He sold his human cargo to the Spaniards in Hispaniola. Then in 1826, African slaves were first introduced to the Windward Islands when Thomas Warner brought 60 Negro slaves to work in the emerging sugar industry of Barbados. From 1650 onwards, Africans were landed in Barbados and the Leeward Islands in increasing numbers. St. Lucia followed some 70 years later.
Did you know St. Lucia’s slave population was never more than just a fraction of the total number of Africans abducted from their homeland? Some researchers disagree, but estimates show that a total of approximately 20 million men, women and children were enslaved, half of whom died in holding camps in Africa or during the Atlantic crossing (the middle passage). It was estimated that between 1451 and 1870 (419 years), a total of 9,566,100 enslaved Africans reached the Caribbean and American coasts alive.
Did you know once sugar was introduced around 1650, slave arrivals spiraled? Between 1650 and 1700, about 1,341,000 Africans were shipped to Jamaica, Ste Domingue and other Caribbean islands. Also from 1701 to 1810 another six million slaves or more survived the extremely grueling Middle Passage. Even after England abolished the slave trade in 1807, two million more Africans were shipped (between 1810 and 1870) to Dutch, French and Spanish colonies in the New World, and especially to Cuba and Brazil.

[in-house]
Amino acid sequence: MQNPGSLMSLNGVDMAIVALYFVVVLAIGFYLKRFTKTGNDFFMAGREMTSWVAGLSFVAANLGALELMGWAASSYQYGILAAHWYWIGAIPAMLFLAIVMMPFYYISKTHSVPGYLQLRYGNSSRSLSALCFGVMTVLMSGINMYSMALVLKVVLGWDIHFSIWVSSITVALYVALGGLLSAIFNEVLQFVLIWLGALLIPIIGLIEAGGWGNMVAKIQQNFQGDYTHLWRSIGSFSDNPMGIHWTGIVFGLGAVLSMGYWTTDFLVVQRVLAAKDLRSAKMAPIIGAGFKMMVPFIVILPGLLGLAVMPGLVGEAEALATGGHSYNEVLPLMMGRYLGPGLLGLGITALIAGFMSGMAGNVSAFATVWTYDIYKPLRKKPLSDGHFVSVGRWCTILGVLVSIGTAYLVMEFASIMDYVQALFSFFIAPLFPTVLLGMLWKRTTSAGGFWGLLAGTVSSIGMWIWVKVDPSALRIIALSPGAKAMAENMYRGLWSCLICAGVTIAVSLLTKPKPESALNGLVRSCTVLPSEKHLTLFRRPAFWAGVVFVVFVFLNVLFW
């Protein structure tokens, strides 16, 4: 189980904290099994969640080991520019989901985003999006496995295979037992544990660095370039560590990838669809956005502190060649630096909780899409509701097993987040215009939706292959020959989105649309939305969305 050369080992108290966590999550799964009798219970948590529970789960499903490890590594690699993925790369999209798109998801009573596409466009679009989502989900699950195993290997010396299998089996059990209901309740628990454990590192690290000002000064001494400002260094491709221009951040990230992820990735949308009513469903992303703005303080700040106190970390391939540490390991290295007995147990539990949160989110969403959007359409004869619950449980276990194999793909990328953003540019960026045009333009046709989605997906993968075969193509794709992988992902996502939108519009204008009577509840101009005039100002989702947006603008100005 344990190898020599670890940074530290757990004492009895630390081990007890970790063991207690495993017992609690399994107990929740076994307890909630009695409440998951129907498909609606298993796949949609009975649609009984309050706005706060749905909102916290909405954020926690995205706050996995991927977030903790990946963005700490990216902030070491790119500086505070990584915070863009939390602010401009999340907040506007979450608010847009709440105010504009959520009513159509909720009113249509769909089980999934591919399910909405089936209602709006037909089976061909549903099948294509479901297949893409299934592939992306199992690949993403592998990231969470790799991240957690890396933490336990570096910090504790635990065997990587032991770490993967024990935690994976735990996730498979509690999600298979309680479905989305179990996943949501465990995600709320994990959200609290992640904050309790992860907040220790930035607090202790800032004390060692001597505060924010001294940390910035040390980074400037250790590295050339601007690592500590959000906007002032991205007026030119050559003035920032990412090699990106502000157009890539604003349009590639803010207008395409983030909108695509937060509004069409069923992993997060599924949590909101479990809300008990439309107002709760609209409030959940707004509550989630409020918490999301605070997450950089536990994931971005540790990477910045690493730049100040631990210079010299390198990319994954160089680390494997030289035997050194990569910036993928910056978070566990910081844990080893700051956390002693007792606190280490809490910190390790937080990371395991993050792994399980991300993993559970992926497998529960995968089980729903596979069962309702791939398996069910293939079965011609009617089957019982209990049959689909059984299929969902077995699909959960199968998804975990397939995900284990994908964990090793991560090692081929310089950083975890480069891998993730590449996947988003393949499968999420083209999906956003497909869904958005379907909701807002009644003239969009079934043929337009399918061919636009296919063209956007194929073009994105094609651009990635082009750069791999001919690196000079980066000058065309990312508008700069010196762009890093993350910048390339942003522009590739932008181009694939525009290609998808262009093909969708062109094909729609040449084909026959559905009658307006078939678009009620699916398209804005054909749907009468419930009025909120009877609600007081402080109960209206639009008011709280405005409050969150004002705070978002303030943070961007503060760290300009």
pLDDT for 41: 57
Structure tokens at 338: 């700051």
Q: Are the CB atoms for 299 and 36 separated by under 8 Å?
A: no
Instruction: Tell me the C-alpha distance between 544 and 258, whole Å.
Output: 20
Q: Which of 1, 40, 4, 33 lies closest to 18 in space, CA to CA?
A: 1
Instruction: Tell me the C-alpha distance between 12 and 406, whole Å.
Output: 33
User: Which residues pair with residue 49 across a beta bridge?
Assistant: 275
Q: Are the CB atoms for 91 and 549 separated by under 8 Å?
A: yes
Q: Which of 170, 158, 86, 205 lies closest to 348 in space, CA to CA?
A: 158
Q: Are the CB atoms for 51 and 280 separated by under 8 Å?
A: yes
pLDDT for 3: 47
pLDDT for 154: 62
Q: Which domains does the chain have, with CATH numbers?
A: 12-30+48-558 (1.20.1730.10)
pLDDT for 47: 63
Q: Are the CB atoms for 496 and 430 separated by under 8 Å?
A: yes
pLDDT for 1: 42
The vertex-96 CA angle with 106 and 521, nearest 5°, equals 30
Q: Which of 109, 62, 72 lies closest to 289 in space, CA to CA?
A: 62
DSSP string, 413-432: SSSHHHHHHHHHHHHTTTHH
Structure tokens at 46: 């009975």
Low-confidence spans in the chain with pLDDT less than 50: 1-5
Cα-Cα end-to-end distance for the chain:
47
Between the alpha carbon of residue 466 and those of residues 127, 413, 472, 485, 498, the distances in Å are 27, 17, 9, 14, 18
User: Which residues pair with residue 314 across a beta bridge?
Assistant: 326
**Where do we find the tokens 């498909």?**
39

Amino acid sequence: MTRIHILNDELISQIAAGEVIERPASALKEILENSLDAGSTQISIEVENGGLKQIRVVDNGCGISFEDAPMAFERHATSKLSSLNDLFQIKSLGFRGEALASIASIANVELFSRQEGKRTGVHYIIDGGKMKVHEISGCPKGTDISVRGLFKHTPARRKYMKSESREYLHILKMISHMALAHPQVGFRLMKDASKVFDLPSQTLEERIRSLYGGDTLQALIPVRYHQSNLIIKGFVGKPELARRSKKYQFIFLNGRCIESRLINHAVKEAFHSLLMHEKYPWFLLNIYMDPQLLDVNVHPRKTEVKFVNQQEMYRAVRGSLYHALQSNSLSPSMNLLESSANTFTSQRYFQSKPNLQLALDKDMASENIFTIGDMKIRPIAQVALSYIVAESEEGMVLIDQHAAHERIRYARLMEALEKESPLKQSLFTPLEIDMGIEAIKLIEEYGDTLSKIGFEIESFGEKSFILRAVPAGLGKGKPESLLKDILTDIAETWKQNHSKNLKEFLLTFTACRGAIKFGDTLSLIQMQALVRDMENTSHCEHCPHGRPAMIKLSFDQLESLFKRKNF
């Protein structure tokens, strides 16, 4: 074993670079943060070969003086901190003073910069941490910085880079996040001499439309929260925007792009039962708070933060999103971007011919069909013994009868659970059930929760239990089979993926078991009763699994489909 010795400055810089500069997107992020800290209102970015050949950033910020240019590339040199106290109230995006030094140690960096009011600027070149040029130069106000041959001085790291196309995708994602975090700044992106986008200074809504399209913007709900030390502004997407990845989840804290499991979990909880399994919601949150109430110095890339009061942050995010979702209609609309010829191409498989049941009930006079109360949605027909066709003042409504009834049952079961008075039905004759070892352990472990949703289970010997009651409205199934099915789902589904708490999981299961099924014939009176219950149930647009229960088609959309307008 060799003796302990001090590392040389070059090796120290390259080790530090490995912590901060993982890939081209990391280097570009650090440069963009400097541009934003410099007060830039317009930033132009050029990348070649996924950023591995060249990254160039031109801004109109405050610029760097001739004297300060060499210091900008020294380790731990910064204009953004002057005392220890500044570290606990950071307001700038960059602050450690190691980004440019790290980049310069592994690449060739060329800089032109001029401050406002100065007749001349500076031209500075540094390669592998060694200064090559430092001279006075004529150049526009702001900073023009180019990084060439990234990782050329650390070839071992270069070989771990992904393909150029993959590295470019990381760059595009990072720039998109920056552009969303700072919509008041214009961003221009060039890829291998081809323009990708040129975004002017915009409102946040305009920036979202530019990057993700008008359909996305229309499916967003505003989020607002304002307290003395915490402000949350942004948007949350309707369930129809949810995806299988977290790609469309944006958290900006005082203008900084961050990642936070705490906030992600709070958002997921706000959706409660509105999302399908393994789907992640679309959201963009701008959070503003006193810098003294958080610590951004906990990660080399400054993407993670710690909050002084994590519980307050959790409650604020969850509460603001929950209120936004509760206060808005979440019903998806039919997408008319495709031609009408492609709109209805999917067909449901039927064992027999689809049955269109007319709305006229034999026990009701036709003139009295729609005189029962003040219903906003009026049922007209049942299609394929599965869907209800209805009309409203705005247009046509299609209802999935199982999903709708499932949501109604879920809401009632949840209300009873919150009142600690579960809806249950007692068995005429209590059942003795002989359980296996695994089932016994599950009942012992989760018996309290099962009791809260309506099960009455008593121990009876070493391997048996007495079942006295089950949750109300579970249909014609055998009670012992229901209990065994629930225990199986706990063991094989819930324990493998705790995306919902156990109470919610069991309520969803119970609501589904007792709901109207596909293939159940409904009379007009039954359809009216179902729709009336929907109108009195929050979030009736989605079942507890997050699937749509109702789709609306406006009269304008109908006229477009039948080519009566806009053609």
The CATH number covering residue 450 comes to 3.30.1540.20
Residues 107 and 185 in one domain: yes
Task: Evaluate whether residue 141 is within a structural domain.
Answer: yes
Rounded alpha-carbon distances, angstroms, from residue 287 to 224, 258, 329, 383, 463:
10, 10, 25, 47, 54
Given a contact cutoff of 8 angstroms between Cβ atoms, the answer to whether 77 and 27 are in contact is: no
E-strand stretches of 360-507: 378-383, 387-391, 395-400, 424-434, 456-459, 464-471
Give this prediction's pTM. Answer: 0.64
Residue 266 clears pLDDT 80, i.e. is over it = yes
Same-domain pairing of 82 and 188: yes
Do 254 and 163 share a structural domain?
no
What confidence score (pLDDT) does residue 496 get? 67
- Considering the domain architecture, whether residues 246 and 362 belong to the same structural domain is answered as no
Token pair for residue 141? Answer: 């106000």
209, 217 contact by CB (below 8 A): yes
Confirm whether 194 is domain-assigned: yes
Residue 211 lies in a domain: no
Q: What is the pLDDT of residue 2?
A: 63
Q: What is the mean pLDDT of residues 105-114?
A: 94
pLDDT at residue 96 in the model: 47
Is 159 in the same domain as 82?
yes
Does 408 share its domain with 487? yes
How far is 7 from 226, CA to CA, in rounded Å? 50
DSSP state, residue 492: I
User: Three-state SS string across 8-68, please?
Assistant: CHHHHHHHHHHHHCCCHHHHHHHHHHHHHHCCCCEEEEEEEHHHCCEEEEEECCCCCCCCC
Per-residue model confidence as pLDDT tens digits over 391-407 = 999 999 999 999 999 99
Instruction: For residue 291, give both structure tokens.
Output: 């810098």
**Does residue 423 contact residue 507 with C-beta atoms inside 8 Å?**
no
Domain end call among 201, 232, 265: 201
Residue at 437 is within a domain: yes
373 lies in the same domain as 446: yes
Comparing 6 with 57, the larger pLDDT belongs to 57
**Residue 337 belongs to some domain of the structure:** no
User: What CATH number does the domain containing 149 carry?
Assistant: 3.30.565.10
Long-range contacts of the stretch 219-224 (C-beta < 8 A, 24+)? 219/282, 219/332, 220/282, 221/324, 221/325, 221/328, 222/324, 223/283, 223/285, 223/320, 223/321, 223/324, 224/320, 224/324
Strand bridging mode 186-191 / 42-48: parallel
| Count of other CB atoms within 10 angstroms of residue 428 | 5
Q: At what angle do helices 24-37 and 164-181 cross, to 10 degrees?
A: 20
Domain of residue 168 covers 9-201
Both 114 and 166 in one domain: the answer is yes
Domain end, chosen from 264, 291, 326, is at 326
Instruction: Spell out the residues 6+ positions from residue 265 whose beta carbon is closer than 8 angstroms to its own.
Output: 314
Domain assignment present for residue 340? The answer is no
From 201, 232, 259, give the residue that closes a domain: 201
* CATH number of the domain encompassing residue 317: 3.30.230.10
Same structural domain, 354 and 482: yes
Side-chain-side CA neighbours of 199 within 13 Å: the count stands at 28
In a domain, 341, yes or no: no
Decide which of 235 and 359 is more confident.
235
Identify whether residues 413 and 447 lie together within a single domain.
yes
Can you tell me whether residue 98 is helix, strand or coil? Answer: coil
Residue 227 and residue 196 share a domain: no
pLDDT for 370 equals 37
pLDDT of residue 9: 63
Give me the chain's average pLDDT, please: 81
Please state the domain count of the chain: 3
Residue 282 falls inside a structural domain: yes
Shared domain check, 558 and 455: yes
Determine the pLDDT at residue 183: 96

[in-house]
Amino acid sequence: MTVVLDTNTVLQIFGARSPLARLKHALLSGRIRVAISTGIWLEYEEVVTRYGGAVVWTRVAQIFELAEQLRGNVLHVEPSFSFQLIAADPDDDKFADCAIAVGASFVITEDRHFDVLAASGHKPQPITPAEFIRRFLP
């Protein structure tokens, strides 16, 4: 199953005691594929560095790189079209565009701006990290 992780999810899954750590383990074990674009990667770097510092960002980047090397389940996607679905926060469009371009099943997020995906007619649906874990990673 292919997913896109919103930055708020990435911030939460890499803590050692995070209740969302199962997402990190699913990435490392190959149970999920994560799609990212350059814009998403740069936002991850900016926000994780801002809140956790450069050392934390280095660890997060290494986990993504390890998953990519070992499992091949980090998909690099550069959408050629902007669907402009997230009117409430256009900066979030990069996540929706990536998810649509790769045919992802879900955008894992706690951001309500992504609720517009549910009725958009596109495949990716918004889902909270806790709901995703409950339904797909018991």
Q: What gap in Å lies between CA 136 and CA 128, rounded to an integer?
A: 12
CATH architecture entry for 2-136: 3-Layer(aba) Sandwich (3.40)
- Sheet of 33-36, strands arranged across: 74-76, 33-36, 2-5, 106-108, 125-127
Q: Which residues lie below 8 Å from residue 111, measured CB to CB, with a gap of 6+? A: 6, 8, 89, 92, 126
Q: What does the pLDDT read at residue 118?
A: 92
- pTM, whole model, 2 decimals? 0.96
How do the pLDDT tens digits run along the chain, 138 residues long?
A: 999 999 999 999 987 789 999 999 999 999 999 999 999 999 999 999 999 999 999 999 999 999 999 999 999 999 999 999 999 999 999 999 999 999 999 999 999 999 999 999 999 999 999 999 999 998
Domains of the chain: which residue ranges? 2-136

Did you know from Senegambia in the West to Angola in the south-west and the Swahili-speaking coast in the east: West Africa, Central-Western Africa and even parts of East Africa were the hunting grounds for slave traders? They captured and exported people from an area which itself (around 1800) contained more than 30 million people. The voracious demand for slaves in the New World coincided with indigenous processes of state formation in Africa, cruelly tying African elites and European traders into a gruesome bond of military and commercial activities which made possible the abduction and force replacement of such inconceivable numbers of people.
Source: a History of St. Lucia by Harmsen, Ellis & Devaux – 2012
This feature runs every Tuesday and Thursday. It is compiled by daughter of the soil Anselma Aimable, a former agricultural officer and former correspondent for Caribbean Net News, who has a deep interest in local culture and history. Send ideas and tips to [email protected]